You do not need to take advantage of the new rules if you don’t want to, and indeed for many people the best option may be to take the traditional option of taking a tax-free lump sum upon retirement – the so-called Pension Commencement Lump Sum – and then using the rest of their pot to buy a lifetime annuity, to guarantee themselves a minimum income for the rest of their lives.

What’s right for you will depend on your individual circumstances and your retirement priorities – and on how much money you have been able to save for your retirement. A flexi-access drawdown product, for example, will generally only be suitable for someone who has a large enough pension pot to cover their essential outgoings for life with plenty to spare. A lifetime annuity, by contrast, could be the appropriate choice for someone who feels that only a secure income for life will give them peace of mind.

However, even buying an annuity has its risks, and if you’re considering one then you should watch out for the pitfalls. For drawdown products, an additional set of pitfalls applies.

If you’ve got a financial adviser then they can help make sure you avoid any potential mistakes. They can also give you a set of recommendations based on a detailed analysis of your circumstances, needs and goals. This is especially useful if you’re considering a flexi-access drawdown product, as these can be complex to set up and manage, and may require a complex investment and tax-planning strategy to produce the best results.

If you don’t yet have a financial adviser but are interested in finding one then you can find out more here.

Don’t treat your tax affairs lightly, and end up paying through the nose

One of the most exciting aspects of the new pension rules is that they could enable you to reduce the tax payable on your pension wealth – especially if you’re intending to pass some of that wealth on to loved ones. However, they also raise the possibility of massive, unexpected tax bills for those who act without thinking.

If, for example, you decide to withdraw all of your pension in one go – something that wasn’t possible under the previous rules – you’ll only get 25% of it tax free, with any extra taxed as income. If it’s a large amount, the tax band applied could be higher than you’ve ever paid before. If you don’t have any other sources of income then the money you withdraw will still have to be used to fund your retirement, but you’ll have lost a huge chunk of it from the word go.

Aside from this type of mistake, there are all sorts of ways to get tax planning wrong if you don’t know what you’re doing. So this is really an area in which it’s best to get professional help from a financial adviser.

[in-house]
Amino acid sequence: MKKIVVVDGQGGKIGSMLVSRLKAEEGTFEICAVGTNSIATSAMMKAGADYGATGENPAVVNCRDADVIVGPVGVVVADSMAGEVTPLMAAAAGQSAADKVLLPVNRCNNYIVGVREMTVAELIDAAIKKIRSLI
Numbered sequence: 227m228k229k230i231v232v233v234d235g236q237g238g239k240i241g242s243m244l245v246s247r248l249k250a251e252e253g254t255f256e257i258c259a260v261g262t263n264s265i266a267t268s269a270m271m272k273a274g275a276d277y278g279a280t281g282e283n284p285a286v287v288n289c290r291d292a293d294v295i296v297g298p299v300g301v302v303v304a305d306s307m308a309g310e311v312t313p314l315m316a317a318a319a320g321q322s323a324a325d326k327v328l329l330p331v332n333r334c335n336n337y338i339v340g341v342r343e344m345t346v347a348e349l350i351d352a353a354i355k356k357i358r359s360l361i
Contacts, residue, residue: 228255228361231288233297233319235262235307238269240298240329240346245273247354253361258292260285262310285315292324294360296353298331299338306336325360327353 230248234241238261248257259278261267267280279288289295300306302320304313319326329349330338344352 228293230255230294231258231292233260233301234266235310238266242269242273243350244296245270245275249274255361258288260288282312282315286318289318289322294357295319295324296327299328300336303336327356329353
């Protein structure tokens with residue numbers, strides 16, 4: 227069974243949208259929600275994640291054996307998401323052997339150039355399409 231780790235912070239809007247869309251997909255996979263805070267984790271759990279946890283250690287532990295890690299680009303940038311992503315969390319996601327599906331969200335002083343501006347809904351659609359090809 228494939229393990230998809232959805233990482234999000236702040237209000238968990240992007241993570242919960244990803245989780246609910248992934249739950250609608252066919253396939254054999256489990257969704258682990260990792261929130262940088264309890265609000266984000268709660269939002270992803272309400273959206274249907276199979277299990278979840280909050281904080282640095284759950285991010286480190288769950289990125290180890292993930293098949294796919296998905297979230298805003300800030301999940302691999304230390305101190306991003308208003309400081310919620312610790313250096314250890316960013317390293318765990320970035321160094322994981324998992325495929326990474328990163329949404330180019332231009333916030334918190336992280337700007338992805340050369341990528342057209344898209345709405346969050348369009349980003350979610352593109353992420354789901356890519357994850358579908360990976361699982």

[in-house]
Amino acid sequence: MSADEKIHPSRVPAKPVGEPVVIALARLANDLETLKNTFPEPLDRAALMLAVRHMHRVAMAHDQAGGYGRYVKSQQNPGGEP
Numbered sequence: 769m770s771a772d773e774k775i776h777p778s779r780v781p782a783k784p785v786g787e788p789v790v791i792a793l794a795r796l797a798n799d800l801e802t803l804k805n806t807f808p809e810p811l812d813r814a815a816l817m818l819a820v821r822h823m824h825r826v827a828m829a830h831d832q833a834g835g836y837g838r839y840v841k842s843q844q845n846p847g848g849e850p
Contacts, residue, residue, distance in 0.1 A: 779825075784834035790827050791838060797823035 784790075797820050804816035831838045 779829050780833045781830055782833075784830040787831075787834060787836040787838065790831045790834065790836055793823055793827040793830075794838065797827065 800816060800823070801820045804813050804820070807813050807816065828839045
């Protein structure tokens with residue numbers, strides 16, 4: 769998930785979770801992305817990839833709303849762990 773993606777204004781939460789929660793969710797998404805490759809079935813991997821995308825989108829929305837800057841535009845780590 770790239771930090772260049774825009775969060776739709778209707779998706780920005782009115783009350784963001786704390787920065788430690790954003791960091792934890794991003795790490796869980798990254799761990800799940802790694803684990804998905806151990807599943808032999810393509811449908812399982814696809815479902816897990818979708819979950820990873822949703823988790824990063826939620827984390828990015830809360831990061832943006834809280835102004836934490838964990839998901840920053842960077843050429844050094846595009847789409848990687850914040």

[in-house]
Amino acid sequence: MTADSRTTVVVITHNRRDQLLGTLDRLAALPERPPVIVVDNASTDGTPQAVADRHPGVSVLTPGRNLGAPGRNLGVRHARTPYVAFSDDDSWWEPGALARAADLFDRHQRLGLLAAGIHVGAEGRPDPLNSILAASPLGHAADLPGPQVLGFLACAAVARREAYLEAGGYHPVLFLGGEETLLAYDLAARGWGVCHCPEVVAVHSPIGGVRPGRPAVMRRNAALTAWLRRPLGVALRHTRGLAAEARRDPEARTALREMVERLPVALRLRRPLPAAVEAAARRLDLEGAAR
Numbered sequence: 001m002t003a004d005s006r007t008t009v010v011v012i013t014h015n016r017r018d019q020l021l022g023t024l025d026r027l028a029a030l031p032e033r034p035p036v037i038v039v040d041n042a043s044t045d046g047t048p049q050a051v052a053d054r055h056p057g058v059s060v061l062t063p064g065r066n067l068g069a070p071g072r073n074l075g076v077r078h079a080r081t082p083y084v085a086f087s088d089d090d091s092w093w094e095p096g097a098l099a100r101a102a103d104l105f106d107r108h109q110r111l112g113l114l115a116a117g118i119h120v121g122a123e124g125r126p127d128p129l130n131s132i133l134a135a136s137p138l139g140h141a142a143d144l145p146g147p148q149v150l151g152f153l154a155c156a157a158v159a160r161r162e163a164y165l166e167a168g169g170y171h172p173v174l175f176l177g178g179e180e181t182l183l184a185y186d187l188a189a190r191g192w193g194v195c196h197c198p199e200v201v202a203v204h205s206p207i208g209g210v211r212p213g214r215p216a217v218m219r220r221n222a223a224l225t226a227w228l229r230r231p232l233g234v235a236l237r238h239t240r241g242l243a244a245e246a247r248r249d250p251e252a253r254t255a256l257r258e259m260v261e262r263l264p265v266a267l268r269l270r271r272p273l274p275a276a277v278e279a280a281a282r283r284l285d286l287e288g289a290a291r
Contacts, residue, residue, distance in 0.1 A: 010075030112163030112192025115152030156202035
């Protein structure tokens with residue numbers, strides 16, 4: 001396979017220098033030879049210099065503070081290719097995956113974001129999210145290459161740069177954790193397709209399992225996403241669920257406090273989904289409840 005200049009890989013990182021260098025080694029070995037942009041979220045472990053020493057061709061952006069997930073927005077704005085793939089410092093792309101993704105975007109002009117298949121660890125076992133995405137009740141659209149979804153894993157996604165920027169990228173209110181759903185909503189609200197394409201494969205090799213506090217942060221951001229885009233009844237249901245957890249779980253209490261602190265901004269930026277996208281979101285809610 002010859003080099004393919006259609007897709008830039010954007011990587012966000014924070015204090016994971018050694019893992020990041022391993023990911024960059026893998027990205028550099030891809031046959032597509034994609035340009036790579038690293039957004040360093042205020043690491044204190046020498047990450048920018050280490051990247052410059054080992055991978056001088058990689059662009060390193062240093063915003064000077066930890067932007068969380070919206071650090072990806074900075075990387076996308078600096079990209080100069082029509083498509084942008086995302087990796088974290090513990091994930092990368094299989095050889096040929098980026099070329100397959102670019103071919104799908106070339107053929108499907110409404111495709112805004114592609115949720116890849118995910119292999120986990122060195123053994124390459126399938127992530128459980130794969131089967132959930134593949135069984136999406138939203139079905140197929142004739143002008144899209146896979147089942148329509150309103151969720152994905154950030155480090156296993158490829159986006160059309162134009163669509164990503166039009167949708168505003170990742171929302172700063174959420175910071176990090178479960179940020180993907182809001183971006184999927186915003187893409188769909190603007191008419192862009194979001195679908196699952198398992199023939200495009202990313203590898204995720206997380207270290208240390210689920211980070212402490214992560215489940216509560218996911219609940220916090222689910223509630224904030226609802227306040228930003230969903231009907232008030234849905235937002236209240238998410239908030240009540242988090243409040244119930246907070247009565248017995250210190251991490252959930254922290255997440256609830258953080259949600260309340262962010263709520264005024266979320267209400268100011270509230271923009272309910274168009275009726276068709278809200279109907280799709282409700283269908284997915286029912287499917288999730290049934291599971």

Don’t become a victim of fraud

There is some evidence that fraudsters are increasing their attempts to deprive people of their pension savings, by taking advantage of confusion surrounding the new rules. Some people of retirement age have, for example, been contacted out of the blue by individuals or companies claiming to offer a ‘free pension review’. These fraudsters typically then encourage the victim to move their pension savings to a different product on the promise of better returns.

Needless to say, you should be wary of any contact you receive that you haven’t asked for, and should take advice only from advisers who are regulated by the FCA. For more information about how to spot and deal with such activity, you may wish visit the FCA’s website, here.

Adrian Walker

Retirement Planning Manager Old Mutual Wealth

Adrian has worked within the Skandia and Old Mutual Wealth organisations for over 25 years. He has had several roles covering the technical aspects of pension savings and identifying opportunities for customers and their advisers. That includes financial planning for people already with pension savings and those considering using a pension scheme to build savings for later life. Adrian is well known in the financial industry for his expertise and is a regular press spokesperson for Old Mutual Wealth, working with both the press to highlight issues arising from the continuing changes to the pension landscape, particularly with regard to longer term retirement income needs of consumers.